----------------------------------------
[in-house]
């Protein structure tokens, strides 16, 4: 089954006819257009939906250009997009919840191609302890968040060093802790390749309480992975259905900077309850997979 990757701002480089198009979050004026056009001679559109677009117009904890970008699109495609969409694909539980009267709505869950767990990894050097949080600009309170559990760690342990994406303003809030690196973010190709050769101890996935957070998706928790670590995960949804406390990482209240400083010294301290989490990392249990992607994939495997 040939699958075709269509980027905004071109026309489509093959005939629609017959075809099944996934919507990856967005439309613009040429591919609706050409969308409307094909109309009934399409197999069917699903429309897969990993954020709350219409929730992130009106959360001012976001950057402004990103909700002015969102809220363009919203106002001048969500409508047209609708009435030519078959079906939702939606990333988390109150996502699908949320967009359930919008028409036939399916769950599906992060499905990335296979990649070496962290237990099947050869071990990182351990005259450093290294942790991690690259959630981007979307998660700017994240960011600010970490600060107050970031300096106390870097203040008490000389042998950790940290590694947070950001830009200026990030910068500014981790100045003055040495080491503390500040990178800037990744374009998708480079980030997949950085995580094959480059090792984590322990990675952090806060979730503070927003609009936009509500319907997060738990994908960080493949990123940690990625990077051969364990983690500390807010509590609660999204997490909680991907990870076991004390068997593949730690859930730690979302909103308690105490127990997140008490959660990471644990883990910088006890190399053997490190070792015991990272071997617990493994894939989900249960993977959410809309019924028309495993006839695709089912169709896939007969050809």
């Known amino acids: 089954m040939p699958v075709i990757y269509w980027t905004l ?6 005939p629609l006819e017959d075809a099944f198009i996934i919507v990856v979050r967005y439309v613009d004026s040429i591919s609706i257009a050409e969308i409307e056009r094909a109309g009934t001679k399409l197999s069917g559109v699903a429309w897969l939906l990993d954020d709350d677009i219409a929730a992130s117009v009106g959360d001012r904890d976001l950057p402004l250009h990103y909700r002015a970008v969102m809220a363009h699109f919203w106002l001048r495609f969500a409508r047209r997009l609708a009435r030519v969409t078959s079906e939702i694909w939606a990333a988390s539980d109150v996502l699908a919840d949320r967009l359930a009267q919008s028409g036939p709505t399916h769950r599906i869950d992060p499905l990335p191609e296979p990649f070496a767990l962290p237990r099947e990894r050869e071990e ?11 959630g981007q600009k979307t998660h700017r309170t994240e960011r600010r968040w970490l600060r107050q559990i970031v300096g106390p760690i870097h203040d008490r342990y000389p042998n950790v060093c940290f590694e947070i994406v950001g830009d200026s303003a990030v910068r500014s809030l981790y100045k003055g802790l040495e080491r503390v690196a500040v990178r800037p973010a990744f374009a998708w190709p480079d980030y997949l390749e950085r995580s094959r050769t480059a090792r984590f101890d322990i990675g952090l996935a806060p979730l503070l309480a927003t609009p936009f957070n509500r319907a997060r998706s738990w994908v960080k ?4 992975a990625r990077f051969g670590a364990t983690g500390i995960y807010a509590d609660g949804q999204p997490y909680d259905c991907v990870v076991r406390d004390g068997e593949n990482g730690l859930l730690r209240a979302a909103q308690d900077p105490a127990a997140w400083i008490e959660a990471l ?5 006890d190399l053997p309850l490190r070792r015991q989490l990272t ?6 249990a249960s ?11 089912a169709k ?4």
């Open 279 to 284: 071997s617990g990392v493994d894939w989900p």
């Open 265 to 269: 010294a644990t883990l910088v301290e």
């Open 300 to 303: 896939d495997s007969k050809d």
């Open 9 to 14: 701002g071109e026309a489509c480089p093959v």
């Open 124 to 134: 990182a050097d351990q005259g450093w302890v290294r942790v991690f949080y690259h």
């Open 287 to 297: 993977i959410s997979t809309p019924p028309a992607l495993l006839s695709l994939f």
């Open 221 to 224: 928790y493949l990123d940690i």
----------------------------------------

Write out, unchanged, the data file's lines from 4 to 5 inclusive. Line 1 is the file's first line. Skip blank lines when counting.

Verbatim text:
């Open 279 to 284: 071997s617990g990392v493994d894939w989900p």
């Open 265 to 269: 010294a644990t883990l910088v301290e």